Legacy Lives On in the Harley-Davidson FXLR Low Rider
Harley-Davidson's popular Low Rider nameplate has evolved once more.
Soft and Low
In one form or another, the Low Rider has been part of the Motor Company lineup since 1977. The latest variant of the Low Rider was part of Harley-Davidson's new Softail chassis. Rolled out as the FXLR in 2018, it stays the same for 2019. Will this latest Low Rider prove as popular as it has in the past forty years?
The Low Rider name has been associated with three other platforms. It was first introduced as the Shovelhead-powered FXS at Daytona Bike Week in 1977. It was an instant hit and accounted for twenty percent of Harley-Davidson's sales for 1978. The FXB Sturgis, an all-black Low Rider with primary and secondary belt drives, was unveiled in 1980 and became standard in 1983.
In 1986, the FXR replaced the FX, and with it came the FXRS Low Rider. In 1993, the Dyna chassis replaced the FXR frame and the FXDL Low Rider was introduced. There was a Low Rider production hiatus from 2010 until mid-2014. A special edition FXDLS Dyna Low Rider S was released in mid-2016, powered by the potent Screamin' Eagle 110 cubic-inch Twin Cam motor.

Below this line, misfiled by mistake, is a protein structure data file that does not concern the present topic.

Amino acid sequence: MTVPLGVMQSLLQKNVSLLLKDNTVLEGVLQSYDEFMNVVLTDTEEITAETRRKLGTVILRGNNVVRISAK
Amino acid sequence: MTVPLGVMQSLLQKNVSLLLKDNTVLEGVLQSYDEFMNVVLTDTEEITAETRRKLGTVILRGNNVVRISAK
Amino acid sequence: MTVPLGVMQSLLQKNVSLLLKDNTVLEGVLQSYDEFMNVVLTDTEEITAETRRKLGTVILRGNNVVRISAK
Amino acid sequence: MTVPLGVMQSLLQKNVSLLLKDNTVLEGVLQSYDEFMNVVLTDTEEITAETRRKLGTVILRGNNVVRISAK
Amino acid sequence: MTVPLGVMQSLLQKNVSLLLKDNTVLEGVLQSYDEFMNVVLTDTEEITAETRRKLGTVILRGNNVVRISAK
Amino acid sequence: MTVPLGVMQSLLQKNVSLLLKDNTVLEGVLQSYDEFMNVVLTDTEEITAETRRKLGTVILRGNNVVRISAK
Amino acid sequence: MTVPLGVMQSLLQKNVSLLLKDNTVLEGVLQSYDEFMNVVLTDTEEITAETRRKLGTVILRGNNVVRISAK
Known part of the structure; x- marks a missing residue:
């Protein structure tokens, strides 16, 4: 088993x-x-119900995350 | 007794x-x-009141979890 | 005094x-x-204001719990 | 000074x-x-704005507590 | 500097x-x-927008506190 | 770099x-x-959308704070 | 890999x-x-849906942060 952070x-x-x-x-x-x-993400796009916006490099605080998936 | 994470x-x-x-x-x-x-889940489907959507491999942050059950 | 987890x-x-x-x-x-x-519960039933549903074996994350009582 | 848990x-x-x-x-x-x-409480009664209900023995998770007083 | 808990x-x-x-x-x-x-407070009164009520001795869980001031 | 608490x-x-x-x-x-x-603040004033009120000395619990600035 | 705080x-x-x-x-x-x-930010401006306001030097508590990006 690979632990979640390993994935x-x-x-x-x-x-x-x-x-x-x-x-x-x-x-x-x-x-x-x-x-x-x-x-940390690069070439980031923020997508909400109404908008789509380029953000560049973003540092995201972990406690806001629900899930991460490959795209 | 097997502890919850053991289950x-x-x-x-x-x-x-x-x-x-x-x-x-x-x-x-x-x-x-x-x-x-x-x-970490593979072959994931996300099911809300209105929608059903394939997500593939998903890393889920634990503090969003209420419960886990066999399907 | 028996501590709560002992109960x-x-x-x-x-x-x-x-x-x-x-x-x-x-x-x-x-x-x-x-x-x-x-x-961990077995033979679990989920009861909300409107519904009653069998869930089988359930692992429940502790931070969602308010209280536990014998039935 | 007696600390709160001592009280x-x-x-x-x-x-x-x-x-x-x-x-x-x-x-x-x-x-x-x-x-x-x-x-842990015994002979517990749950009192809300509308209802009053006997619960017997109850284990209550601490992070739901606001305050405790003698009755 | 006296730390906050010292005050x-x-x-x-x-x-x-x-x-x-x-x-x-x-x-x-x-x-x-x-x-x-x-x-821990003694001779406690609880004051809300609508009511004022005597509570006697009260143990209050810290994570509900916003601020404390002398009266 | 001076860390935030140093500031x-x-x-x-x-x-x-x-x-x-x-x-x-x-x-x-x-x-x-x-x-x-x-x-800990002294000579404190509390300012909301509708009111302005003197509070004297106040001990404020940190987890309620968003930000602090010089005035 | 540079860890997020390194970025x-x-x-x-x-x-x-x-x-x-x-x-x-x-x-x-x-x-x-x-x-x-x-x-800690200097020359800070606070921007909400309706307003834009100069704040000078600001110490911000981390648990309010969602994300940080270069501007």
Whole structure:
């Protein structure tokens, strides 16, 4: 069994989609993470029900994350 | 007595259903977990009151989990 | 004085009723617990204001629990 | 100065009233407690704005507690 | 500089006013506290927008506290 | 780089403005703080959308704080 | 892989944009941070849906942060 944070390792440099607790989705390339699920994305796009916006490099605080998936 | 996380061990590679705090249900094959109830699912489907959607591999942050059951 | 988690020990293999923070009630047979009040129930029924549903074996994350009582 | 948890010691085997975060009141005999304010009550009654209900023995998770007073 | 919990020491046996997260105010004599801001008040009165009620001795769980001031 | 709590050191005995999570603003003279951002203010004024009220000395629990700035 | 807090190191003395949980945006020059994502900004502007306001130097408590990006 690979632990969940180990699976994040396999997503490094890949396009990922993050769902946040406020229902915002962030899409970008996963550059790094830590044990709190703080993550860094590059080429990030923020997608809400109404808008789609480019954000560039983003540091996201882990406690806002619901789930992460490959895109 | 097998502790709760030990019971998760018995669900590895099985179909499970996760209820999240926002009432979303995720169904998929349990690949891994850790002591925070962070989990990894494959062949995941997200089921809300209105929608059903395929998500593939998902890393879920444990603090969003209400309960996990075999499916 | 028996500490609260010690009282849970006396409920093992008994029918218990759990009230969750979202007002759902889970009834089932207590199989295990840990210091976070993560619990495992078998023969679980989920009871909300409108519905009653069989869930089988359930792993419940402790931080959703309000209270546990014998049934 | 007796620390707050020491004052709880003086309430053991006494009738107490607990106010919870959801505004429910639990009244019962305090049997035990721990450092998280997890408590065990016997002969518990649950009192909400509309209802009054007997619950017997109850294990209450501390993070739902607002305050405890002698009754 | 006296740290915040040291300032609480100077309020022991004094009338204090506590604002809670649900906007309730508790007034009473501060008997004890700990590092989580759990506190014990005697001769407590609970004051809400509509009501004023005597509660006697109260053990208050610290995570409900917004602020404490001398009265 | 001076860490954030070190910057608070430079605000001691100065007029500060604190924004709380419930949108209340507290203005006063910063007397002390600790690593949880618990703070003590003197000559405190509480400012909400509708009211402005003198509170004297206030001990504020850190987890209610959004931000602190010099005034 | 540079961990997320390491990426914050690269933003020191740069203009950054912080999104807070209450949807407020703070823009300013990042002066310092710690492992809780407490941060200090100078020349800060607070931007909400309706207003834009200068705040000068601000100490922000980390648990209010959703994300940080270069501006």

The Low Rider has always been popular among riders. It has a lower seat height, mid-controls, a dash-mounted speedometer and tachometer, and some incarnations had dual-disc front brakes. The 2018 Low Rider retains these characteristic design features, with the exception of the 2-into-1 exhaust which has been replaced by a 2-into-2 shotgun exhaust.
Smooth Cool Speed
Standard for the 2018 Softail model lineup, the Low Rider received the Milwaukee-Eight 107 cubic-inch engine. The rigid-mounted motor, features dual counterbalancers to cancel out primary vibrations, and a factory-fitted oil cooler keeps the heat down. It might just be a sales tactic, but Harley-Davidson claims the new Milwaukee-Eight is faster off the line than the High Output Twin Cam 103 engine.
The Low Rider is one of the lowest priced 'Dyna' Softail-converts. With 2018 models no doubt on dealer clearance, the 2019 FXLR starts at $15,049 in Vivid Black with the eye-catching red and blue tank graphic. ABS is an additional $795, but the security system is now standard. The murdered-out Street Bob is the least expensive of the lot at $14,549.
Language of Change
The Low Rider was one of only three Dyna models that was retained. The fact that it was not substantially changed speaks to its popularity. Paul James, Product Portfolio Manager elaborated on the Softail introduction, “In model year 2000...we changed everything without changing a thing. Those bikes [had] the same style and look as the bikes they replaced. That was not the intent here. Our intent was to move this design language along.”
The old Low Rider was once dubbed the 'original mile-eater' by Harley-Davidson. With each incarnation lasting about ten years on average, it is hard to predict the popularity of this Low Rider. Feedback on the chassis, suspension, and motor are positive so far. Perhaps the question to ask is not what will the next generation of Low Riders look like, but rather what type of engine will power them — electric?
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